Friday

The Passion of Stan Lee

It has been in the news the last few days that Stan Lee won a judgment in a legal battle with Marvel Enterprises, Inc. over money. According to the terms of his contract, he was to receive ten percent of any profits Marvel made by licensing the characters he co-created for movies, merchandise, and the like. Marvel had tried to get away with just not paying, and even now plans to appeal the verdict.

Ever since Marvel became a big company, starting around the time they went public in the late 1980s, they have been lambasted for their often shameful business practices. But whatever the company has become, nothing can change what it once was—a small, dedicated staff cranking out the best product they could manage under the circumstances. And in the mid-1960s they were riding the crest of a wave of popularity that they earned by working hard at something they enjoyed and believing in what they were doing.

In the June 1966 issues, Stan Lee ran an editorial on their “Bullpen Bulletins” page that, despite his normally bombastic style, was unusually passionate in both its attack on low-rent comics publishers and in its statement of his company’s philosophy. Some excerpts:

“In a nutshell, the situation is this: As you know, Marvel has spent years trying to upgrade the art of comic magazines—for an art it truly is, every bit as much as the cinema, the legitimate stage, or any other form of creative expression. We don’t resent competition—indeed, we welcome it. But we DO resent shabby, carelessly-produced, badly-written and –drawn, conscienceless IMITATIONS of our Marvel mags—imitations which are callously lacking in quality, and which are produced for the sole purpose of making a fast profit in the very field which they themselves are helping to keep at the bottom of the artistic totem pole!”

After further complaints about the competition, he concludes:

“And this is our promise to you—no matter what befalls, no matter how rocky the road ahead may be, your staff here at the Marvel bullpen will never compromise with quality! Our stories, our art, our lettering, and our coloring will always be the best that money can obtain—the finest that dedicated craftsmen can produce! Though the newsstands grow ever more cluttered with inferior imitations, the mighty Marvel magazines will still stand out like shining beacons, guiding you to the finest in reading entertainment! That is our promise, our pledge, our credo! You’ve made us what we are today—you deserve nothing less! ‘Nuff said!”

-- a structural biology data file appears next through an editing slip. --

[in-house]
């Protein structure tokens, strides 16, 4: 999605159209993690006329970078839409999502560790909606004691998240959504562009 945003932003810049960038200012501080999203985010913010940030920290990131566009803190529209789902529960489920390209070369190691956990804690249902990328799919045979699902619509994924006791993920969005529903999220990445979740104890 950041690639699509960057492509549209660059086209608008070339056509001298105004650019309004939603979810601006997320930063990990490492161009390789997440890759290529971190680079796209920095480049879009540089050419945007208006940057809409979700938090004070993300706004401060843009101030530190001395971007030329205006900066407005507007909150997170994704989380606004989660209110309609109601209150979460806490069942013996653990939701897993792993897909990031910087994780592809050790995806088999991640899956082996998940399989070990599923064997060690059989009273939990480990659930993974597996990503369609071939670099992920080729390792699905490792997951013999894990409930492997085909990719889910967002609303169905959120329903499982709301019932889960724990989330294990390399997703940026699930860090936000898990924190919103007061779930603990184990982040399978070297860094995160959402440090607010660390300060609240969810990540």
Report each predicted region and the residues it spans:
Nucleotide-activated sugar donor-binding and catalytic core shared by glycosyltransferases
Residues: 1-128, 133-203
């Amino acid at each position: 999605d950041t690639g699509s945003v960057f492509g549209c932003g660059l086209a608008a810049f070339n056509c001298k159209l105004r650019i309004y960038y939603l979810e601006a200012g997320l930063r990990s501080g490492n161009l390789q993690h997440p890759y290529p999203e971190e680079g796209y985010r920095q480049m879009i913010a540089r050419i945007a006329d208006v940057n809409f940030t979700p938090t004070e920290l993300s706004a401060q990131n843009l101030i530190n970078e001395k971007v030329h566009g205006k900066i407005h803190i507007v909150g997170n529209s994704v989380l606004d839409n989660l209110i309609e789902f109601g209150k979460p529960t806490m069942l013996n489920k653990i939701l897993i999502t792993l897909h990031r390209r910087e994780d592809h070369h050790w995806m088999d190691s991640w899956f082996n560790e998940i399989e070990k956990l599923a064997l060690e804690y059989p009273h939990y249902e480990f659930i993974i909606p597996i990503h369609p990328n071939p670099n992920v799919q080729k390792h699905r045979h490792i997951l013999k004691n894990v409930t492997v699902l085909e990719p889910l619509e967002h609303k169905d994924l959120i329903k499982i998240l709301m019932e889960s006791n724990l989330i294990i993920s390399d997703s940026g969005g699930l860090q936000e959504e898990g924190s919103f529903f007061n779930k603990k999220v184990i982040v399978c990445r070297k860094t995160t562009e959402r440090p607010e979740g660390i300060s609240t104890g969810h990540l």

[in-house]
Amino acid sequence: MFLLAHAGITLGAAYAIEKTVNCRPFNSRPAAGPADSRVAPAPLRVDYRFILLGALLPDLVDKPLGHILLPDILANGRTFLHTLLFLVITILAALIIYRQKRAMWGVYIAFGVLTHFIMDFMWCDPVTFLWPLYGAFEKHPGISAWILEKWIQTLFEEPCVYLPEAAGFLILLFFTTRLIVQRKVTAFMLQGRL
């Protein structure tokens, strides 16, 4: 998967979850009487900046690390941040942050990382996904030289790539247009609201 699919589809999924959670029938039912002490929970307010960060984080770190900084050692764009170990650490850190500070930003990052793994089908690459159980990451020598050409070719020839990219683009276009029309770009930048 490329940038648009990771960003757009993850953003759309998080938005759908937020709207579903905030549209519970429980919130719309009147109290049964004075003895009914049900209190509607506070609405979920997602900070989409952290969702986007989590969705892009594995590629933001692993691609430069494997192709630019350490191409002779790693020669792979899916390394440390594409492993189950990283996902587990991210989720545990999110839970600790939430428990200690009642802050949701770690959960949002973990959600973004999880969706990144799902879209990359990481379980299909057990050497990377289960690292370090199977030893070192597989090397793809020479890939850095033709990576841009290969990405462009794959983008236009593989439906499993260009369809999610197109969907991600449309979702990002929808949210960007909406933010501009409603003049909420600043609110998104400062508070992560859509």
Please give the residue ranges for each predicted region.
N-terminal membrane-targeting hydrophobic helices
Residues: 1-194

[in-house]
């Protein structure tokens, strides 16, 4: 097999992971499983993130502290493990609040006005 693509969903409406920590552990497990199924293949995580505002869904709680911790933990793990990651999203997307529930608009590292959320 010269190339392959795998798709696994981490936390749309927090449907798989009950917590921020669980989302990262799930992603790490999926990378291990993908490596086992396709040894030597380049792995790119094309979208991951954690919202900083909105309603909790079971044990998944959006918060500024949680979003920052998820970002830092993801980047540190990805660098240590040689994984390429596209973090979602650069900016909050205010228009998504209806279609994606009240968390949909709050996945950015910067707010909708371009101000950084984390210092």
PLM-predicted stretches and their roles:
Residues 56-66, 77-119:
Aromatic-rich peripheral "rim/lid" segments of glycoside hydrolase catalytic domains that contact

Stan was a master of hucksterism, but the tone of the editorial convinces one that this time he really meant it. Unfortunately, by the 1990s, Marvel was guilty of all the things Stan had once railed against, and to this day the company seems dedicated to “the sole purpose of making a fast profit” at the expense of the fans. Quality is a subjective evaluation, but the slick comics of today fail to inspire the same passion and loyalty—not to mention circulation figures—that the somewhat more crude “Silver Age” product engendered during Stan Lee’s heyday.

In those days, Marvel was a company, not a corporation. And that’s the Marvel Comics I’m a fan of.


2 comments:

B2 said...

You're right on the nose with those comments about Marvel. have you read "The Amazing Adventures of Kavalier & Clay"? It's a novel about the dawn of the comic books, with a very Will Eisner-type character and lots of good stuff.

And as for the Fighting American... I've added a cover to my site.

Tony said...

Cool cover of Fighting American at B2's site. Classic Kirby mayhem!

I haven't yet read "Kavalier & Clay." I'm still trying to get through Fredric Wertham's "Seduction of the Innocent." I'm actually a pretty slow reader. Not that I read the sentences slowly, it just seems to take a long time for me to get all the way through a book.

Especially if there are no pictures.